Online dating has proven to be an ideal match for Bermuda-based Oakley Capital Investments Limited (OCL).
AIM-listed OCL provides permanent capital for funds managed by London-based Oakley Capital Private Equity, a private equity investor which manages more than €750 million in assets, and targets mid-market businesses located primarily in Western Europe.
OCL said Monday that Oakley’s second mid-market fund, Oakley Capital Private Equity II – in which OCL holds a 38.1 percent stake – has agreed to sell a majority stake in PARSHIP ELITE, a Hamburg-based online dating service catering to German speakers, to German media conglomerate ProSieben Sat. 1 Media (P7S1).
The deal to sell its majority stake in PARSHIP will generate a cash return of 2.3x, a money multiple of 3.6x, and an internal rate of return of about 150 percent, OCL said Monday.
Rebecca Gibson, a partner at Oakley Capital, said that the firm’s interest in PARSHIP stems from its expertise in the digital consumer space, a key “sector hub” where the firm has a strong track record and can add value.
“We look for big brands, analytically-led businesses with a high level of customer awareness, where we can work with the founders to help them grow the company,” Gibson said.
PARSHIP, which bills itself “Germany’s biggest matchmaker”, is growing rapidly, with 28,000 new singles registering on the site every week, the company said. Fund II acquired PARSHIP just 16 months ago, and rapidly expanded the business by acquiring a competitor, German online dating agency Elite Partner, six weeks later.
“This was a very logical combination: both companies had been competing fiercely, and recognised the value in merging,” Gibson said, noting that management and Oakley had a “clear integration plan” for the two former rivals, which was implemented in a series of stages.
Fund II will receive gross proceeds of €129 million from the sale, and together with PARSHIP’s existing management, is retaining a minority stake of just under 50 percent in the business “to benefit from further growth and the value of ProSiebenSat.1 ownership,” OCL said in a statement.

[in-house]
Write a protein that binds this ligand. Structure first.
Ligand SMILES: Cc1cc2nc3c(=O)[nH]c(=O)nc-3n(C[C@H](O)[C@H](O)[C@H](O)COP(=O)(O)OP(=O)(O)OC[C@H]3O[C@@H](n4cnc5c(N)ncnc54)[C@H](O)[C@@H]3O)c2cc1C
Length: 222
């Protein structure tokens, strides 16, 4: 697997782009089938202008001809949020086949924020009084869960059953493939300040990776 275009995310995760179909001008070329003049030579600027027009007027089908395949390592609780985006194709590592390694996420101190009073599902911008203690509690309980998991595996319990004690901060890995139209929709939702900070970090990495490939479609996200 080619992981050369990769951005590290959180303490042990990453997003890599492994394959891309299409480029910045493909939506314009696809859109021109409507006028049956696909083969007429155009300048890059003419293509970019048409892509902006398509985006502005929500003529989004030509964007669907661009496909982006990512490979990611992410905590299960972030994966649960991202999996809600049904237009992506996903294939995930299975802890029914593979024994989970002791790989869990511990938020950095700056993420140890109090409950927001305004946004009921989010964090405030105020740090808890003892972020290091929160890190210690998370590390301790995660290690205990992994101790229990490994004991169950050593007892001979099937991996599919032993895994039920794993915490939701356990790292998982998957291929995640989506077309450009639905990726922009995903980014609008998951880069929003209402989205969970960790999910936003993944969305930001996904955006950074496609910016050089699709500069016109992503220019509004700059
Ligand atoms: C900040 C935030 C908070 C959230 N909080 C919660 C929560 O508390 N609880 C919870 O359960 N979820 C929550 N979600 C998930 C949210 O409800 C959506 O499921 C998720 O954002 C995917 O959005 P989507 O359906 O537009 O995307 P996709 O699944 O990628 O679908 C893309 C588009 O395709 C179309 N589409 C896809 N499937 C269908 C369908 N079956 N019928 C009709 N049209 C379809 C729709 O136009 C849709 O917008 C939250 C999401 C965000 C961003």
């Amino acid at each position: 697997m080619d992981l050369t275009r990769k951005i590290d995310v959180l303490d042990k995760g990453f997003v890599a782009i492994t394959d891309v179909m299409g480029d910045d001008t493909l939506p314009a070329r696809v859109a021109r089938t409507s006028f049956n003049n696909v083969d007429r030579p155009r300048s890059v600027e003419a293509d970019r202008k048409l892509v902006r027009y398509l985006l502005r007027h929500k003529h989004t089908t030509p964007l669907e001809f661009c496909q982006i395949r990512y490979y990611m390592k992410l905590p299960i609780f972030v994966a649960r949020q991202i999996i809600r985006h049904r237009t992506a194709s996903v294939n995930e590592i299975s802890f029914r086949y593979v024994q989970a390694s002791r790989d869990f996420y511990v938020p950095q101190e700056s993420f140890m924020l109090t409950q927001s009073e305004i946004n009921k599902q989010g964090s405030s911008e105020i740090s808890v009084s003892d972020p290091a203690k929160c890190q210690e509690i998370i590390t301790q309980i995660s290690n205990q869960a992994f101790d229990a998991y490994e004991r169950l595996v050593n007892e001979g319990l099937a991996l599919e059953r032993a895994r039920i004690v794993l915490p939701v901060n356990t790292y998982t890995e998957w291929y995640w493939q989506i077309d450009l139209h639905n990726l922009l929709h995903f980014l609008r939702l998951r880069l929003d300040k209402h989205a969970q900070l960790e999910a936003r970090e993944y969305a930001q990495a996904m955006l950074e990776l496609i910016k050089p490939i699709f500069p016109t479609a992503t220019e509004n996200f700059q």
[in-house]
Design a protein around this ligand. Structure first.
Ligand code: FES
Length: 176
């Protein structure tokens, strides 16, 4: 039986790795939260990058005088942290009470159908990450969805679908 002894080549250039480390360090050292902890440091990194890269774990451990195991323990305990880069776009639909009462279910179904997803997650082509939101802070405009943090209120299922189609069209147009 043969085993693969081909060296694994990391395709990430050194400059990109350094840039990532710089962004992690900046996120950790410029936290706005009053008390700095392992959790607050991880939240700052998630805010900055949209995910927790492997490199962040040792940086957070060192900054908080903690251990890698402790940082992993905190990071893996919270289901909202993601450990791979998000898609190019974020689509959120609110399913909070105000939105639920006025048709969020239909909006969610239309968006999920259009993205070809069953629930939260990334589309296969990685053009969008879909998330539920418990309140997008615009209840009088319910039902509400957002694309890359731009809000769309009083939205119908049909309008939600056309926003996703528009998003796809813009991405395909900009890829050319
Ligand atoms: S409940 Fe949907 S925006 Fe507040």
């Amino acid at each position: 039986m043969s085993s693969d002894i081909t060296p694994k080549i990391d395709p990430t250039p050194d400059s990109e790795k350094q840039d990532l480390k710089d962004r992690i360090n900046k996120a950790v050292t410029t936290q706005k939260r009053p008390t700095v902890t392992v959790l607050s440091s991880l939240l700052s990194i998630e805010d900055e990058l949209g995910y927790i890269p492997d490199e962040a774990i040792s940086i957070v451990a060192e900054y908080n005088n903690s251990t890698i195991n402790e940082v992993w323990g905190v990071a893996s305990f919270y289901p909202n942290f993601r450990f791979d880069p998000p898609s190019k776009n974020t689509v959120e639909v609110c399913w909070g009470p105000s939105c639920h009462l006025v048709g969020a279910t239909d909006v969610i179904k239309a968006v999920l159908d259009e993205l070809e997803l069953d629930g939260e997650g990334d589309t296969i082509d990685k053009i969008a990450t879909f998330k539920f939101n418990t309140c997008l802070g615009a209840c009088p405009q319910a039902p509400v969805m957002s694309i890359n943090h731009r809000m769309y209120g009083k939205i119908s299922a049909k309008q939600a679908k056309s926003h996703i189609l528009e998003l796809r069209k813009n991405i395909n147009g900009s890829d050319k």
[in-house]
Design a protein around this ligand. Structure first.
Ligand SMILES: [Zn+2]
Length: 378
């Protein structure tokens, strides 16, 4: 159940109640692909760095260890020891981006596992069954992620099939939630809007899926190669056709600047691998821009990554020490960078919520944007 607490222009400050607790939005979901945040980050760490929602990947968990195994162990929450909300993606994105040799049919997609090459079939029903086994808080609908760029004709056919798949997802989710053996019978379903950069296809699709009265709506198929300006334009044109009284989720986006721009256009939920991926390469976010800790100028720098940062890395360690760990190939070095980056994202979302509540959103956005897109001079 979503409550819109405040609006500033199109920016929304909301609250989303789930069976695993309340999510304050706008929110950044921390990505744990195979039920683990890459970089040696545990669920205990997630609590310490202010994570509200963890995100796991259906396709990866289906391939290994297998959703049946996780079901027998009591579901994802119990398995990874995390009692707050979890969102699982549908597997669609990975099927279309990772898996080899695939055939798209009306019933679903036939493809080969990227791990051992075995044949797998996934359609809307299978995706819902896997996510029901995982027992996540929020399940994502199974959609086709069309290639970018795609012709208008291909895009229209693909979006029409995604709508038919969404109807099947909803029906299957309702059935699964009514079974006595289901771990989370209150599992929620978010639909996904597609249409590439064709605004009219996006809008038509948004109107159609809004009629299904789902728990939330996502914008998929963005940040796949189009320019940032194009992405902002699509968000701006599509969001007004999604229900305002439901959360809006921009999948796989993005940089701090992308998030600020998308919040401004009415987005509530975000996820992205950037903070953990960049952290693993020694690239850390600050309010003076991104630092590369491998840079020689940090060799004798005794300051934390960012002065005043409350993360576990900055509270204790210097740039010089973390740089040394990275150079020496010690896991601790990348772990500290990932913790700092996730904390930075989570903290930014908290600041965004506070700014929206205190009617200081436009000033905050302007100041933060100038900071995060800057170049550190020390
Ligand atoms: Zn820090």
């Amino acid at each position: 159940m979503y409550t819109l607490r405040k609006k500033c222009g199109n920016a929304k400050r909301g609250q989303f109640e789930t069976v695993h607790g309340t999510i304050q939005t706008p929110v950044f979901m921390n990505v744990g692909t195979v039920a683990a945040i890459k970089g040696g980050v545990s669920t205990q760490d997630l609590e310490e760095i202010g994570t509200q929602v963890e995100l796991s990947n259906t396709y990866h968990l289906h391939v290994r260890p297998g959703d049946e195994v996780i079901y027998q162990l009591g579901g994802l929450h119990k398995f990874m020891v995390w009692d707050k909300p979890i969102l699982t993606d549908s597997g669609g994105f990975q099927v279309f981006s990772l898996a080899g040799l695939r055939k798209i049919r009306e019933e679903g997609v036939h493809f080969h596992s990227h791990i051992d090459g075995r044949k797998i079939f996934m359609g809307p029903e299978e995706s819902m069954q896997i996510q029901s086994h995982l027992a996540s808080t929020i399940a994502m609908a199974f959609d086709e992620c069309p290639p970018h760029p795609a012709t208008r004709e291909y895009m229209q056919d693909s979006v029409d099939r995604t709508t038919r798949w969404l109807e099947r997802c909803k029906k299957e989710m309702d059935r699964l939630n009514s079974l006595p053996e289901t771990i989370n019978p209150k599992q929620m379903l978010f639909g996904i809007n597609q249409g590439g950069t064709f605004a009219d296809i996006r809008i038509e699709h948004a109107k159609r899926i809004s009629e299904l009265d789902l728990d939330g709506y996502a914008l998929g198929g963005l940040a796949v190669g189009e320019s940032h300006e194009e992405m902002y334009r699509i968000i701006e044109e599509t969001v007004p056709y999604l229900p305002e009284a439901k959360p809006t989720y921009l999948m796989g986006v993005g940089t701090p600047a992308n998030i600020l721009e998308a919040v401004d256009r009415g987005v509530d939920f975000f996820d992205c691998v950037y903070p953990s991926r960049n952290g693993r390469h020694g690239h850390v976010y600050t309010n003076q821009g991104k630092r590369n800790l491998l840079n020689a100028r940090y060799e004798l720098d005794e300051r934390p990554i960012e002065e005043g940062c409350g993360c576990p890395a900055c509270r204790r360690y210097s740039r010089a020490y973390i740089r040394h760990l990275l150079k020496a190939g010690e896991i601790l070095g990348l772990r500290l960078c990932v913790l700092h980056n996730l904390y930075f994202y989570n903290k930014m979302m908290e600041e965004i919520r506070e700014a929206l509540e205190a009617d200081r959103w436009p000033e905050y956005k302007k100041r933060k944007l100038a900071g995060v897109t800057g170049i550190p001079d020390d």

The deal gives PARSHIP an enterprise value of €300 million, and values OCL’s indirect economic interest in the group at €67 million, including expected net cash returns of about €44 million. The £5.2 million in debt OCL provided to PARSHIP will also be repaid, OCL said.
Last month Private Equity International reported that Oakley Capital held a first close on its third private equity fund, gathering more than €500 million. Oakley Capital Private Equity III launched earlier this year with a hard-cap of €750 million, and was seeded with a €250 million commitment from OCL, PEI reported.
As a result of the sale, OCL said it expects an uplift of £25 million (€30 million; $33 million), or 77 percent over OCL’s carrying value reported on 31 December 2015. This is equivalent to a 9.4 pence per share (€0.11 a share) increase to the interim net asset value range of 212p to 215p announced in OCL’s 4 August 2016 trading update, which implies an adjusted NAV of about 223p, analyst Charles Cade of Numis Securities said in a research note.
OCL’s share price rose 4.5p to 142.50p in morning trading, “but this still represents a discount to NAV” of about 36 percent, Cade noted.
PARSHIP isn't the first company P7S1 has bought from Oakley. Last June, P7S1 bought German online price comparison business Verivox from Oakley's first fund, Oakley Capital Private Equity, for an initial cash consideration of €200 million, with a further consideration of up to €50 million if the company met certain financial performance criteria in the year to 31 December 2015.
That transaction was expected to generate a 15x gross money multiple for Fund I, and an IRR of 73% if the company were valued at €200 million; the multiple and the IRR rose to 19x and 76% if the full earnout were paid, Oakley said at the time.
Updated with quotes from Oakley Capital partner Rebecca Gibson and details about the sale of Verivox to P7S1.